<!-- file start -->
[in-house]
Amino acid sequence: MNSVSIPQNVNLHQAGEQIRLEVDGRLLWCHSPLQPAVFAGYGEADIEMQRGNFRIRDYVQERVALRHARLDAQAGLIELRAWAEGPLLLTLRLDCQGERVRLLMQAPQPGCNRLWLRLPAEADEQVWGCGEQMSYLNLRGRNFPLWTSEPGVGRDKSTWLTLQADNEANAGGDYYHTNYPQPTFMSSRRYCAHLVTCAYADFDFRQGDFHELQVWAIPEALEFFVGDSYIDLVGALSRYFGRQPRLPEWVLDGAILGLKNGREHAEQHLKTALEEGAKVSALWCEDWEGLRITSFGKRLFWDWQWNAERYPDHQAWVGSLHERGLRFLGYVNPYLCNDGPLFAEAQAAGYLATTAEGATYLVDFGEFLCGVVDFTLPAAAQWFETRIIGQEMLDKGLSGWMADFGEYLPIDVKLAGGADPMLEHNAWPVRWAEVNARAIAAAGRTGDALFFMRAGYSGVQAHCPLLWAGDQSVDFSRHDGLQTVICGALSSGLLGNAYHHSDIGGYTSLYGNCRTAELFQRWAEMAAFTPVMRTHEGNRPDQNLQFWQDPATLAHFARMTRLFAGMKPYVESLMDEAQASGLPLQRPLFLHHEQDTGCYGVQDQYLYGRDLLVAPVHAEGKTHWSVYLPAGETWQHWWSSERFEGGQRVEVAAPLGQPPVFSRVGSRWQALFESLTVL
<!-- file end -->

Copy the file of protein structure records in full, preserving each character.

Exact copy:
[in-house]
Amino acid sequence: MNSVSIPQNVNLHQAGEQIRLEVDGRLLWCHSPLQPAVFAGYGEADIEMQRGNFRIRDYVQERVALRHARLDAQAGLIELRAWAEGPLLLTLRLDCQGERVRLLMQAPQPGCNRLWLRLPAEADEQVWGCGEQMSYLNLRGRNFPLWTSEPGVGRDKSTWLTLQADNEANAGGDYYHTNYPQPTFMSSRRYCAHLVTCAYADFDFRQGDFHELQVWAIPEALEFFVGDSYIDLVGALSRYFGRQPRLPEWVLDGAILGLKNGREHAEQHLKTALEEGAKVSALWCEDWEGLRITSFGKRLFWDWQWNAERYPDHQAWVGSLHERGLRFLGYVNPYLCNDGPLFAEAQAAGYLATTAEGATYLVDFGEFLCGVVDFTLPAAAQWFETRIIGQEMLDKGLSGWMADFGEYLPIDVKLAGGADPMLEHNAWPVRWAEVNARAIAAAGRTGDALFFMRAGYSGVQAHCPLLWAGDQSVDFSRHDGLQTVICGALSSGLLGNAYHHSDIGGYTSLYGNCRTAELFQRWAEMAAFTPVMRTHEGNRPDQNLQFWQDPATLAHFARMTRLFAGMKPYVESLMDEAQASGLPLQRPLFLHHEQDTGCYGVQDQYLYGRDLLVAPVHAEGKTHWSVYLPAGETWQHWWSSERFEGGQRVEVAAPLGQPPVFSRVGSRWQALFESLTVL